It would be too easy to win a no vote in an independence referendum if independista arguments were founded on an irrational faith. However, in my experience your portrayal of “Robertson’s view of the world” is *not* how mainstream supporters of independence rationalise their position on Scotland’s constitutional future.

  3. Perhaps Ian Smart misses the bigger point.

    Whilst the UK can never deliver on social democracy at Westminster, Scotland can, and should, at Holyrood.

    So voting for a Westminster MP instead of a Holyrood MSP to lead Scottish Labour seems to be saying to the electorate that Labour has not only given up on Scottish Home Rule but also in delivering social democracy for Scots.

    This could easily be the start of the wilderness years for Labour in Scotland – unloved and out of touch.

  4. Social Democrat I agree with most of your points but I think, unlike Ian, that if we have Fisca;l Autonomy and an English Parliament we acn reduce Westminster to cover only reserved matters and thus give Scotland and everybody else the ability to run their own local economy while contributing to the reserved pot based on ability to pay.

  5. You arent entering a dutch auction with the SNP, Ian. The arbiters in the upcoming referendum will be the electorate, who have also been on a journey over the last few decades. I do not believe they will look kindly on anyone without a constitutional position of their own after all this time. I suspect this was one of the lessons of the last election- positive trumped negative even when those voting did not all believe in Independence, they prefered the party advocating it over opponents saying “Ye cannae dae that”.
    And they may do it again, if offered nothing else!

  6. At Glasgow University in 1972 there WAS much attention given to Scottish issues-that was why I voted for Jimmy Reid (who won) for Rector. That well known left winger eventually, after wasting his time as a Labour Party member saw the light, and was an SNP member in his final years.

  7. “As such, this is an argument which it is simply impossible to defeat by rational argument because it proceeds not from logic but from belief.”

    Scotland’s better off in the Union. This far and no further. The people don’t want independence.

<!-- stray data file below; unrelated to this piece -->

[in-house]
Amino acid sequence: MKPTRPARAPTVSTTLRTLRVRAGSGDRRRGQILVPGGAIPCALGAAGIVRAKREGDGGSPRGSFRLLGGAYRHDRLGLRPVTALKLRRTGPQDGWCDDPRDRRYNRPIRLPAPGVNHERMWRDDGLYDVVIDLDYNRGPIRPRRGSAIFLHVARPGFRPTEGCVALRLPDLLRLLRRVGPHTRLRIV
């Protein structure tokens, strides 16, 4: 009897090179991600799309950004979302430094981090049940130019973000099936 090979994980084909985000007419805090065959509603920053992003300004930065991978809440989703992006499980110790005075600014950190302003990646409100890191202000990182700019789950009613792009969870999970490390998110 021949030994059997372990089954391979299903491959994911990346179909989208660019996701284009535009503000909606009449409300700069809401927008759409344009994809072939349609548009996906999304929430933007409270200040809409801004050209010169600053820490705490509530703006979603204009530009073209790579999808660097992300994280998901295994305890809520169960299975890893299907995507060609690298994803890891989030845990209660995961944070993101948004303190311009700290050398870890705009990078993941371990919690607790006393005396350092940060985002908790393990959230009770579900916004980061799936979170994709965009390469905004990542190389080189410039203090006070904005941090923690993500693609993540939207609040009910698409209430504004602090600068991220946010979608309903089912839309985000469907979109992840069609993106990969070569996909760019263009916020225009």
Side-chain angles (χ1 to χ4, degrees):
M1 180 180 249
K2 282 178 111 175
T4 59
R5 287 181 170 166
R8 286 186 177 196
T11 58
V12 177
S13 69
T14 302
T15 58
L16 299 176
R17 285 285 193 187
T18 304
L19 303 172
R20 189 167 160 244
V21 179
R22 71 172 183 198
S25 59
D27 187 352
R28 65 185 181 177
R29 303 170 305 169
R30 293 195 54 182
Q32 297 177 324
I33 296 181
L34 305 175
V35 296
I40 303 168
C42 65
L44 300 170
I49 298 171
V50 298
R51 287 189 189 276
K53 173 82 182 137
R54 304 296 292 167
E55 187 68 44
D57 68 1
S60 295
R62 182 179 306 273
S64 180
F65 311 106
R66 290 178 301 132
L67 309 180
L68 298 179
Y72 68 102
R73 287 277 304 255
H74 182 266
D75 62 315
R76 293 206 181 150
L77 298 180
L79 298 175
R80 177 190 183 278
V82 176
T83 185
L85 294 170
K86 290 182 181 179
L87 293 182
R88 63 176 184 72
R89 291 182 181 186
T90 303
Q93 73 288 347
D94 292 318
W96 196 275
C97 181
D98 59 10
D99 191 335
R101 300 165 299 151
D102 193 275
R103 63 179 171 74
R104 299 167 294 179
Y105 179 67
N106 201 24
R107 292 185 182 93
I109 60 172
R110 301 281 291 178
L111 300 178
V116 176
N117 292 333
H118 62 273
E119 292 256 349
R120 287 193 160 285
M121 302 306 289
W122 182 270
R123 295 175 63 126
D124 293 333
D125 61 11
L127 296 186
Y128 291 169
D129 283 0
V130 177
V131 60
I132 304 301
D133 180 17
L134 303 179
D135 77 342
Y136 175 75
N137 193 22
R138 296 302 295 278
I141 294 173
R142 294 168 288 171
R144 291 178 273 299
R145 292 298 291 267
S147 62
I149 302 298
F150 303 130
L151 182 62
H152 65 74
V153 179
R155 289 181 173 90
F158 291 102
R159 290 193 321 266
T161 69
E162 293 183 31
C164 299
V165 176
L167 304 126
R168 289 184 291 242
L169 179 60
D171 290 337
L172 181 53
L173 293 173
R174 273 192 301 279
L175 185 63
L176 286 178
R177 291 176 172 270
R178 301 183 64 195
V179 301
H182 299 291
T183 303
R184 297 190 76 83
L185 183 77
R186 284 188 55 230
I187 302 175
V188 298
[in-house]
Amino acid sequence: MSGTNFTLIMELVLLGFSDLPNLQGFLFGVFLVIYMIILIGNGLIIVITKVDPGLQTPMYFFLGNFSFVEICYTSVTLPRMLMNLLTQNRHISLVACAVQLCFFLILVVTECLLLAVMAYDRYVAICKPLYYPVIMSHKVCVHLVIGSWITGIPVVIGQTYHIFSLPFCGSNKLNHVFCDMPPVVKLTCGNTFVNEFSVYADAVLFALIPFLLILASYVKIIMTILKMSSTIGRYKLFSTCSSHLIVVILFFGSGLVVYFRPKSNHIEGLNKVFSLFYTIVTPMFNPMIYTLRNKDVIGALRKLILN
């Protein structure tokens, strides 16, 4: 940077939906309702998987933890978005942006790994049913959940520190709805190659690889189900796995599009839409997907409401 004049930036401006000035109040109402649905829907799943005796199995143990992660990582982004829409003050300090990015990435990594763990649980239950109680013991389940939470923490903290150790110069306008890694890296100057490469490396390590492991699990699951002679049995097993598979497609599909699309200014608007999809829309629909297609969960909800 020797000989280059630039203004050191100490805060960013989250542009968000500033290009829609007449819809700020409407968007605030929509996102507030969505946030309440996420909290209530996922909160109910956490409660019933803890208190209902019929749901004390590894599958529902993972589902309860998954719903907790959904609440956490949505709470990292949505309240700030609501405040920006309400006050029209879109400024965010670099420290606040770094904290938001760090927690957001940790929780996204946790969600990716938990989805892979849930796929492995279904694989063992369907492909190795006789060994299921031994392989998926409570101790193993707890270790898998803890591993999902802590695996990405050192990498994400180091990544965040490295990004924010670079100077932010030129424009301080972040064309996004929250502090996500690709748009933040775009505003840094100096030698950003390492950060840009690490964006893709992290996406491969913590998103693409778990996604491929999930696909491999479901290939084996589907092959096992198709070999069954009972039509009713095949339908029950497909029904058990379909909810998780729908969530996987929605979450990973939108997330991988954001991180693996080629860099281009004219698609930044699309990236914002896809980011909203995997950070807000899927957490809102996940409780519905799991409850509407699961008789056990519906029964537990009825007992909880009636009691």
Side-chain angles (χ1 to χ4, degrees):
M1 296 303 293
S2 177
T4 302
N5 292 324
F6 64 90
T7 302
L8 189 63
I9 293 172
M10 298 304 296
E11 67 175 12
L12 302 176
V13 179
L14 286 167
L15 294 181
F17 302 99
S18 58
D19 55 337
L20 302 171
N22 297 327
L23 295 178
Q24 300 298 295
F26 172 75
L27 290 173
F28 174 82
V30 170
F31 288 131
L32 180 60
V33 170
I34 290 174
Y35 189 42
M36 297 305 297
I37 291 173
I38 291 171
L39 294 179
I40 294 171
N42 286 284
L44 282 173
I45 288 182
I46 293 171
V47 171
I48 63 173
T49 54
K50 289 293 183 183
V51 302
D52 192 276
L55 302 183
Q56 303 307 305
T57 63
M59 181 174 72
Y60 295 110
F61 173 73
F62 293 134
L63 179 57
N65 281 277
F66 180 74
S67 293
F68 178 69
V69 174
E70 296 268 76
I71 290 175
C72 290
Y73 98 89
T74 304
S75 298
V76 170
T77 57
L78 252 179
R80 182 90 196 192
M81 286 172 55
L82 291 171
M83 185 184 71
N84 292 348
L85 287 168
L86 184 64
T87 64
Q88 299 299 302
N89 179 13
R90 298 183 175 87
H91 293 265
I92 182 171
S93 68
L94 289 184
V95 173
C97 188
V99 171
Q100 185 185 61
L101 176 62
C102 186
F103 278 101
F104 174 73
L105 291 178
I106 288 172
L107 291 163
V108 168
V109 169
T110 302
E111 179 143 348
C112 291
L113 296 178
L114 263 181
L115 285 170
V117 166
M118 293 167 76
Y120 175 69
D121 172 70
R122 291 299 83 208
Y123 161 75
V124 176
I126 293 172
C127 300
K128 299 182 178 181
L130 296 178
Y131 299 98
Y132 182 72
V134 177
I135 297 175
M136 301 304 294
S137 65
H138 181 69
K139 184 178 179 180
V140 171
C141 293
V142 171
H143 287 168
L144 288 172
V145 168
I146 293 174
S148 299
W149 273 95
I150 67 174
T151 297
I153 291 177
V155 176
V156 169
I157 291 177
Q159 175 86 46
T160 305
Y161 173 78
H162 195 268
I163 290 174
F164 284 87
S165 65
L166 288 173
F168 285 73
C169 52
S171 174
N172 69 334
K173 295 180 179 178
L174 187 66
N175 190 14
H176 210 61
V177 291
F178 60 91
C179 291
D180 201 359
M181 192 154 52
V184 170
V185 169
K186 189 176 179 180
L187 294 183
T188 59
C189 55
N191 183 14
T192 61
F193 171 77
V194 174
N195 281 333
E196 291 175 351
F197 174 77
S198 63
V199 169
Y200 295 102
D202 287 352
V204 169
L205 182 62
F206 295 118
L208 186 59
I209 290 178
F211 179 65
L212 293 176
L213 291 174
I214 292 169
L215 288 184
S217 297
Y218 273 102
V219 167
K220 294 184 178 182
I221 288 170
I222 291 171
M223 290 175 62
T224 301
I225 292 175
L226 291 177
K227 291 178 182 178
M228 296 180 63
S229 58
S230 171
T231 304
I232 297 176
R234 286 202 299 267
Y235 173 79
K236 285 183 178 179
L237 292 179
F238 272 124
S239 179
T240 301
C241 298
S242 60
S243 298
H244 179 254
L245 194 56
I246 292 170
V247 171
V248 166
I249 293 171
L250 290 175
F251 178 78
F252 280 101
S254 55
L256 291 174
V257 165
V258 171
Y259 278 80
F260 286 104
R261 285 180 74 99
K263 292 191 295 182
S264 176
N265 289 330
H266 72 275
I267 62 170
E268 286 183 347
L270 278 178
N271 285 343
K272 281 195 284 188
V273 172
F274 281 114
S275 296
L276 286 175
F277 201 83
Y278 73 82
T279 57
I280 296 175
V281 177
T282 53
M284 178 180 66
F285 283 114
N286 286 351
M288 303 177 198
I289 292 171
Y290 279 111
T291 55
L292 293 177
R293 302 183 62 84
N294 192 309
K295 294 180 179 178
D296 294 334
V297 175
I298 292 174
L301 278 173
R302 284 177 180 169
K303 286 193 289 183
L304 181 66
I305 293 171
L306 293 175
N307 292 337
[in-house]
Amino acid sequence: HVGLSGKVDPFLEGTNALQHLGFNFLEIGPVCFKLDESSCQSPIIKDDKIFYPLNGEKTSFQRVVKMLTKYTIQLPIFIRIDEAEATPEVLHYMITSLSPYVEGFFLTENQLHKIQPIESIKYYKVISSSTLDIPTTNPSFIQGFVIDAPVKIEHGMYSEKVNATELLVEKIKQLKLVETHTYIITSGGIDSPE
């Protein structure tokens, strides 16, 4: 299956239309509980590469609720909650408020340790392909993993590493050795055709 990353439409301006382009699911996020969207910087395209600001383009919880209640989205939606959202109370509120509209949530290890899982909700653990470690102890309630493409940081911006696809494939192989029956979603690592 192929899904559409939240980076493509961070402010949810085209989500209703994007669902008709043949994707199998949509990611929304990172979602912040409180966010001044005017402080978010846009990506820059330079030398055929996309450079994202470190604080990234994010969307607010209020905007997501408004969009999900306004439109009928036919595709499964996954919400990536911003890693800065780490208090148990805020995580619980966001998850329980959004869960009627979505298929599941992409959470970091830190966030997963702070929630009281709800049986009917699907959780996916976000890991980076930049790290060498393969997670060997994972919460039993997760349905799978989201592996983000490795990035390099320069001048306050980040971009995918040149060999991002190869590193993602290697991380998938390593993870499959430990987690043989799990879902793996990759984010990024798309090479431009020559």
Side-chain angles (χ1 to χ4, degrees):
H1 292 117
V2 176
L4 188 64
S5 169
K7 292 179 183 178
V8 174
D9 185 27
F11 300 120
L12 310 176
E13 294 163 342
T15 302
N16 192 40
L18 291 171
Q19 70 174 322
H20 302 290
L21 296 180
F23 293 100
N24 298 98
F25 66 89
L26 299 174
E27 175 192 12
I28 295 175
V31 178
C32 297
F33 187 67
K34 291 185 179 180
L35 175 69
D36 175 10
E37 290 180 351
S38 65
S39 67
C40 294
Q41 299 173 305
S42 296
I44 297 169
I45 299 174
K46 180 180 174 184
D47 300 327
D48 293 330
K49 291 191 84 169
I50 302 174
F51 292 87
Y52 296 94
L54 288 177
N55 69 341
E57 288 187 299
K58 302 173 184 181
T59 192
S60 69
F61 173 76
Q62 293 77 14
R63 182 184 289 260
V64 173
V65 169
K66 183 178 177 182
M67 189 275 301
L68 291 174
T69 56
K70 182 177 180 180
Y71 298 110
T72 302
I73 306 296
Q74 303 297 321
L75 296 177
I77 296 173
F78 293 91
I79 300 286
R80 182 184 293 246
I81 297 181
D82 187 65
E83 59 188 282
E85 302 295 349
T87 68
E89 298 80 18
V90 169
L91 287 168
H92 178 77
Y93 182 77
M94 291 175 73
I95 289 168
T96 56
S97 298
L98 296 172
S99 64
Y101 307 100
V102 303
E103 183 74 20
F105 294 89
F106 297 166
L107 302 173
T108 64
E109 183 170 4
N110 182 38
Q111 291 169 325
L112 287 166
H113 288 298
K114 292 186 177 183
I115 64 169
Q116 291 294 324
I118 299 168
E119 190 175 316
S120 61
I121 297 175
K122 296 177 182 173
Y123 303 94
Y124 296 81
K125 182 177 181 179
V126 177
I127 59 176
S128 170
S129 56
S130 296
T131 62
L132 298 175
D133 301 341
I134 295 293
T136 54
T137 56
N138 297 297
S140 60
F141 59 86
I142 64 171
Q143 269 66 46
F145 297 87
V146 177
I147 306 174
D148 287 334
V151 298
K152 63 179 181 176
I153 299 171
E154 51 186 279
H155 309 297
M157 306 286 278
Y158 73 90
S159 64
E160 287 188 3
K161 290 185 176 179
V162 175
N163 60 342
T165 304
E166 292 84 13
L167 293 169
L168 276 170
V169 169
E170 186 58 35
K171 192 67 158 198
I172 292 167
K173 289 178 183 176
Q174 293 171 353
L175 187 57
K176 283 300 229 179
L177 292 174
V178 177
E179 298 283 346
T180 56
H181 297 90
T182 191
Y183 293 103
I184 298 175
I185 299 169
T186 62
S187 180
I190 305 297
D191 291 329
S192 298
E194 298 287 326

This is Labour’s stand and it’s simply impossible to defeat by rational argument because it proceeds not from logic but from belief. But if Scottish Labour don’t start listening to some rationality, they may well be back here doing even more navel gazing of their own, still scratching their heads and asking where it all went wrong.

  8. It is articles like this that confuse me about Labour and politics in general.

    I vote to make things better for me and mine. I vote for and support the party with a vision that can speak to me and for my rural life. There is little in this article for me to engage with. I have to work as a self employed farmer. Do Labour remember or relate to real work and those who do it? I get no holidays at all let alone time to read rather odd books.

  9. “punching well above its weight” There is that statement again… Is it difficult to understand that punching above our weight is another way of saying that we are living beyond our means. It costs to mix with the big boys. Let them get on with it and fight their battles at their own cost. Let us concentrate on living in a manner that is consistent with our size budget and in the interests of the common people spending ourmoney on improving our lives at home not expanding capitalist markets by force. Punching above our weight is just a game played by politicians with ambition but no vocation- and we pay for it.

  10. The article writer has the viewpoint that there is only one reality – his.

    He appears genuinely to not grasp that each and every individual has their own individual, distinct experience of the world; their own distinct, different, reality. That is why the book writer lived through a different era and world view, in parallel to but totally different to a Labour activist. The article writer is the blinkered one, with too little breadth of exposure to others different worlds.

    The existence of parallel realities explains why some experienced the 70’s or 80’s immersed in ‘trendy living and trendy causes’ and some (I would say the great majority) simply ignored what they saw as irrelevent distractions and focused on other aspects of life and other issues. One is not right or the other wrong. It just is a pattern of existence.

    The belief that one’s own reality is the sole, over-riding and superior reality is to put it bluntly narcissistic and elitist. A typical middle class, smug, self satisfied, elitist mindset of the pc brigade. This misunderstanding of the nature of reality is a key determinant of how Labour in Scotland has gone off the rails and lost connection with the public.